Recently, the FDA approved a new injection called QWO™ for cellulite reduction, an enzyme thought to break up the fibrous bands to improve the appearance of dimpled skin. This procedure requires multiple treatments for optimal results. We don’t yet know if this technique provides permanent benefits.
Ultrasound and surgical techniques like liposuction are additional treatments offered to minimize cellulite. Unfortunately, the research does not show these procedures by themselves to be effective.
My Best Advice to Minimize Cellulite
Treatments to reduce cellulite are expensive and generally not covered by insurance. Some come with unwanted side effects and none of these procedures by themselves appear to provide quick or lasting results.
Here’s my recommendation: Eat a nutritious diet, exercise regularly, remain hydrated, and maintain a healthy weight. There are no guarantees, but it may reduce the appearance of those unwanted skin dimples. While cellulite is not harmful, it is sometimes associated with underlying factors such as poor circulation, lack of exercise, unhealthy diet, or hormonal imbalances.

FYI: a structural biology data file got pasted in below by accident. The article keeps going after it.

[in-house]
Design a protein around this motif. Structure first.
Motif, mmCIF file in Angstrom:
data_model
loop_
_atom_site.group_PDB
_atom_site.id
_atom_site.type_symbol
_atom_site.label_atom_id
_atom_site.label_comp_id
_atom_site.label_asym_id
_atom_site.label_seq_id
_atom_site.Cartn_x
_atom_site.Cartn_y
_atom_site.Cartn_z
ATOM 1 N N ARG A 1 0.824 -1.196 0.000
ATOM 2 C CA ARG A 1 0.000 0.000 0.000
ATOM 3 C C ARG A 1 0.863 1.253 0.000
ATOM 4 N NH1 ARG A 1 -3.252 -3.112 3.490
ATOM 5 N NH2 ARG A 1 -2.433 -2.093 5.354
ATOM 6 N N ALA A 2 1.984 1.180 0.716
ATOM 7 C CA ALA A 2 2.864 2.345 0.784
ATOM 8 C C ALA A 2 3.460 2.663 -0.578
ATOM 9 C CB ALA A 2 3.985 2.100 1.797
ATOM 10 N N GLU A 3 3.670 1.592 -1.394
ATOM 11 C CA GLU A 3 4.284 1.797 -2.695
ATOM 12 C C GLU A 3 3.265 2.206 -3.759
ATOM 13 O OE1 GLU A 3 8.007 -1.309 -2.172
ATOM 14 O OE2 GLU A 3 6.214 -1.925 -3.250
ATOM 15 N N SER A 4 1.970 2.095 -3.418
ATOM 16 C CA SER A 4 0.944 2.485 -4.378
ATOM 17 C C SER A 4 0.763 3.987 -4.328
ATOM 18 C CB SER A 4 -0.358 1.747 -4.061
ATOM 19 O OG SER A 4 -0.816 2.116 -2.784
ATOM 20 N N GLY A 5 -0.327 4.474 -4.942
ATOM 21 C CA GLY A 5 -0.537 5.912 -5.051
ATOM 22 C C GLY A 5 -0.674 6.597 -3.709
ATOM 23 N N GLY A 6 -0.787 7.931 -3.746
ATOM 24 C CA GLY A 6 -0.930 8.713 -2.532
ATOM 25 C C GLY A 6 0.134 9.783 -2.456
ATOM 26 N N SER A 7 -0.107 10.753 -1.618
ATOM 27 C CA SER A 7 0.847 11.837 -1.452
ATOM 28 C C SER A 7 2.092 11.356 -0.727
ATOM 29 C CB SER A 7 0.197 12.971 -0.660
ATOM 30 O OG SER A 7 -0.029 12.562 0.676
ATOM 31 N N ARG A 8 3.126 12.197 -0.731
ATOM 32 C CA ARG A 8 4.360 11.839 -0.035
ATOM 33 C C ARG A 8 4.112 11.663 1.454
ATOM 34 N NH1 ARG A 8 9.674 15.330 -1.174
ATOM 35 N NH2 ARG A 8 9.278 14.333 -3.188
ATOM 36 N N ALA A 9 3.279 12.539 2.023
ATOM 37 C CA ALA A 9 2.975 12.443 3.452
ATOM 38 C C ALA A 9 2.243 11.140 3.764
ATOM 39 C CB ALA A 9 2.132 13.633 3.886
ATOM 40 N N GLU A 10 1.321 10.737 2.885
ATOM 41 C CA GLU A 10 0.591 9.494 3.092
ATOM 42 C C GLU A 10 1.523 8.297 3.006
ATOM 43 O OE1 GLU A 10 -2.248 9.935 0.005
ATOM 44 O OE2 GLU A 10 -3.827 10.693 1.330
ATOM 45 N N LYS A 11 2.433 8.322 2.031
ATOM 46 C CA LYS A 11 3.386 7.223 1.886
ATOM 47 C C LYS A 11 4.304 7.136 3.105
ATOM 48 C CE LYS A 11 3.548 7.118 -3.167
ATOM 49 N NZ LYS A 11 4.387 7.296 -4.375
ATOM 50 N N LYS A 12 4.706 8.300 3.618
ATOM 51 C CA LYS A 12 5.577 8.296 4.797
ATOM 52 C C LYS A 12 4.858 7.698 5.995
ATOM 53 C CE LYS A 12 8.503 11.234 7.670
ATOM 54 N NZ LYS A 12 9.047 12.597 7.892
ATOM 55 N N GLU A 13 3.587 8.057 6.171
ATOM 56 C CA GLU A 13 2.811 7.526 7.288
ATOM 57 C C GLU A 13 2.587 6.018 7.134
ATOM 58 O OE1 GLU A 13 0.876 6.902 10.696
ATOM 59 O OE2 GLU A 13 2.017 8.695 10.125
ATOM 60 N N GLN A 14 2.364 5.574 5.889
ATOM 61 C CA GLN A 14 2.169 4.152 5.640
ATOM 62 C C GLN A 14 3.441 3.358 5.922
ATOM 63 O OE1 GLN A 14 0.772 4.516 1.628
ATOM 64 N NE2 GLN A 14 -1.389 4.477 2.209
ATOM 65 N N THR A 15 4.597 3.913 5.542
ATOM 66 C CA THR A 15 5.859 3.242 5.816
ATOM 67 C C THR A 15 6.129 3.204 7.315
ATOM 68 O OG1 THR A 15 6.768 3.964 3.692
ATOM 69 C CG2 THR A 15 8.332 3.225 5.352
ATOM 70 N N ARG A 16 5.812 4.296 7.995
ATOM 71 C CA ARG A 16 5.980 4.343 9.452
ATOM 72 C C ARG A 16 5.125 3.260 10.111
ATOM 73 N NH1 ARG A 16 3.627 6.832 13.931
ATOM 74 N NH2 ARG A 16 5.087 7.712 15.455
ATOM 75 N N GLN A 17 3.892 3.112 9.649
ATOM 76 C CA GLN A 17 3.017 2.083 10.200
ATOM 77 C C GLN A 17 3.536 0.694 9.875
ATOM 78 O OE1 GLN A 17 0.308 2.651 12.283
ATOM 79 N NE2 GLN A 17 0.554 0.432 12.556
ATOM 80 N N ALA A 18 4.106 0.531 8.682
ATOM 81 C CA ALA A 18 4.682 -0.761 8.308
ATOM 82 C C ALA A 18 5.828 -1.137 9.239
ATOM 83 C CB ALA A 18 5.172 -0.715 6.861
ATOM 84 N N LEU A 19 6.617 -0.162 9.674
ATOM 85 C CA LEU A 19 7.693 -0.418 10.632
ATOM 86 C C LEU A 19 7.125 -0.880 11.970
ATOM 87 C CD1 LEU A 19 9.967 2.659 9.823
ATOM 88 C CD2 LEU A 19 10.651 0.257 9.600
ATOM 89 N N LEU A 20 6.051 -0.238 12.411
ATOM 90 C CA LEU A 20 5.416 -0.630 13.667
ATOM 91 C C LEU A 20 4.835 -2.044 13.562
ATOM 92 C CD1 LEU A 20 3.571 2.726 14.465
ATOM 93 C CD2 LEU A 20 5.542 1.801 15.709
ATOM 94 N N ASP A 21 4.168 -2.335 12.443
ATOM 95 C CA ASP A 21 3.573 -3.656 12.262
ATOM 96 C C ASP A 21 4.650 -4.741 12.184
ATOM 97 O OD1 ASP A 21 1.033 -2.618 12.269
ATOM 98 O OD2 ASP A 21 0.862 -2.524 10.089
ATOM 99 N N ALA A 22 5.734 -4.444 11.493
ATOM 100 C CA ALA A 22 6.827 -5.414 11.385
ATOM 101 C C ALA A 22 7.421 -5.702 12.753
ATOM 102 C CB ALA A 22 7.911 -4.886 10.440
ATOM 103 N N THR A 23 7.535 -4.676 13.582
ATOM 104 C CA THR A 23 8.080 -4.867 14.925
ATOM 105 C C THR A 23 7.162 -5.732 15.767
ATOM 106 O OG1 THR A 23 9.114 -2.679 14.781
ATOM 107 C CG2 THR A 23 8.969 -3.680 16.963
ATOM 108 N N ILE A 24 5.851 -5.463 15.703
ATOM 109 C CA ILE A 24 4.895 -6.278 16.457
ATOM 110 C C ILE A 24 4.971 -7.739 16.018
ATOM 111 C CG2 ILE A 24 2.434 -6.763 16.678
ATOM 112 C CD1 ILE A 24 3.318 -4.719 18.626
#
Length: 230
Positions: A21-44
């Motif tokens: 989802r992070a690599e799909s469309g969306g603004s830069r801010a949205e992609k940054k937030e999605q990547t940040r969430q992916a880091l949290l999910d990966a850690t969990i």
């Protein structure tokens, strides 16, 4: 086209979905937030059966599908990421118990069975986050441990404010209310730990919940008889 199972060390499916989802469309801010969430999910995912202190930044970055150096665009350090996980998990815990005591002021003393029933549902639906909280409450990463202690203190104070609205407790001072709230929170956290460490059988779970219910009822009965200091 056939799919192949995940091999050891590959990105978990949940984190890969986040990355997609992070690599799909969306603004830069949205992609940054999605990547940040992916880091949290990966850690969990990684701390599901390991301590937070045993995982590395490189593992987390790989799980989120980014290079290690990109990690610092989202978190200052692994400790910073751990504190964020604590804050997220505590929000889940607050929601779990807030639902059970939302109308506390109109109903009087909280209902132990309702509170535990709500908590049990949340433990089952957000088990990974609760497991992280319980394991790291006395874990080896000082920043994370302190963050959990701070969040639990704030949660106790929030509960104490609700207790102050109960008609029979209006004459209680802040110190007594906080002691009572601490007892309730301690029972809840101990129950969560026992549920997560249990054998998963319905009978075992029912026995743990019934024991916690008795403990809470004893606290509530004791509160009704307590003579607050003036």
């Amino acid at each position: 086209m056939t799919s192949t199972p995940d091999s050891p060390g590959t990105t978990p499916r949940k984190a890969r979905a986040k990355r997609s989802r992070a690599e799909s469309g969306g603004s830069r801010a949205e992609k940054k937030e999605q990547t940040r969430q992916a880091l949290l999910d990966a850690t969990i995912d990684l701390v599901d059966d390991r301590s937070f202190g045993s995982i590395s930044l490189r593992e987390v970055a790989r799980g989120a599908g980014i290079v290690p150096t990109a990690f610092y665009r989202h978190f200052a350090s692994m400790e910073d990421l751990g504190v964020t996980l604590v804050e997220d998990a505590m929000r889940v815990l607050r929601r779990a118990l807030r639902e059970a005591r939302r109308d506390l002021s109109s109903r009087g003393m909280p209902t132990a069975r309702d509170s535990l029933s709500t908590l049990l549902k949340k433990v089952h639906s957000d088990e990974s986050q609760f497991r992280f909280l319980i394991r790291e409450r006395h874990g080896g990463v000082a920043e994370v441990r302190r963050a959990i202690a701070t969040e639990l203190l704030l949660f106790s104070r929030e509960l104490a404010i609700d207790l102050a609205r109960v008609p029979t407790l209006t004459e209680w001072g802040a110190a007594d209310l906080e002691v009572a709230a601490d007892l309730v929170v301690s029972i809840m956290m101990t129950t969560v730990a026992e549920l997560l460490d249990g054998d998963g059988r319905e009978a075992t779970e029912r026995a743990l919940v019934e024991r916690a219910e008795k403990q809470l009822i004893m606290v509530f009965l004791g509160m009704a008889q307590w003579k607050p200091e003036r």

Perhaps more importantly, love yourself for who you are, despite the “physical flaws” defined by a disingenuous beauty industry. Unrealistic cultural norms are designed to make us feel inadequate to encourage us to spend money to fix ourselves. Try not to worry about what other people think which I know is often easier said than done. Cellulite is a normal and natural part of many people’s bodies, and it does not define one’s worth or beauty. Beauty standards are subjective and vary across cultures and individuals. Embracing body positivity and self-acceptance can help challenge societal expectations and promote a healthier and more inclusive perspective on beauty. The bottom line is that I hope you will stop obsessing over a few dimples and flaunt that bathing suit!
The Bottom Line